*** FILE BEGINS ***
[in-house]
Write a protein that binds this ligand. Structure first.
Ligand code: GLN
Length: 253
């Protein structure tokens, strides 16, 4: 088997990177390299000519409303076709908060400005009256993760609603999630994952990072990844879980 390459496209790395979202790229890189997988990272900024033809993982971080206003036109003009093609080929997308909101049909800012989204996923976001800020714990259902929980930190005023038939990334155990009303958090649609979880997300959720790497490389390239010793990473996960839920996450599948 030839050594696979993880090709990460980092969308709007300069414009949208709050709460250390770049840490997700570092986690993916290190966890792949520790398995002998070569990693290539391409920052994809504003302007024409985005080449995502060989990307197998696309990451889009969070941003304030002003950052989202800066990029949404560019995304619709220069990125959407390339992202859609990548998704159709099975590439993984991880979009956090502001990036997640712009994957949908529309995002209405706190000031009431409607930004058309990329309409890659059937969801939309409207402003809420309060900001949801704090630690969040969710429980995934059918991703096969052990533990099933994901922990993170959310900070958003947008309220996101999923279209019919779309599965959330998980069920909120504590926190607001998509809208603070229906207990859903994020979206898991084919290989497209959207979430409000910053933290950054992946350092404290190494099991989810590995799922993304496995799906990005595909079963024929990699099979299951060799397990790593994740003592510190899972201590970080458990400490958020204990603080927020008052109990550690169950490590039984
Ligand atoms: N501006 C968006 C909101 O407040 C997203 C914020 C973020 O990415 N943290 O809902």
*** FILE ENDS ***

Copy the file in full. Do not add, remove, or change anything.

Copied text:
[in-house]
Write a protein that binds this ligand. Structure first.
Ligand code: GLN
Length: 253
């Protein structure tokens, strides 16, 4: 088997990177390299000519409303076709908060400005009256993760609603999630994952990072990844879980 390459496209790395979202790229890189997988990272900024033809993982971080206003036109003009093609080929997308909101049909800012989204996923976001800020714990259902929980930190005023038939990334155990009303958090649609979880997300959720790497490389390239010793990473996960839920996450599948 030839050594696979993880090709990460980092969308709007300069414009949208709050709460250390770049840490997700570092986690993916290190966890792949520790398995002998070569990693290539391409920052994809504003302007024409985005080449995502060989990307197998696309990451889009969070941003304030002003950052989202800066990029949404560019995304619709220069990125959407390339992202859609990548998704159709099975590439993984991880979009956090502001990036997640712009994957949908529309995002209405706190000031009431409607930004058309990329309409890659059937969801939309409207402003809420309060900001949801704090630690969040969710429980995934059918991703096969052990533990099933994901922990993170959310900070958003947008309220996101999923279209019919779309599965959330998980069920909120504590926190607001998509809208603070229906207990859903994020979206898991084919290989497209959207979430409000910053933290950054992946350092404290190494099991989810590995799922993304496995799906990005595909079963024929990699099979299951060799397990790593994740003592510190899972201590970080458990400490958020204990603080927020008052109990550690169950490590039984
Ligand atoms: N501006 C968006 C909101 O407040 C997203 C914020 C973020 O990415 N943290 O809902």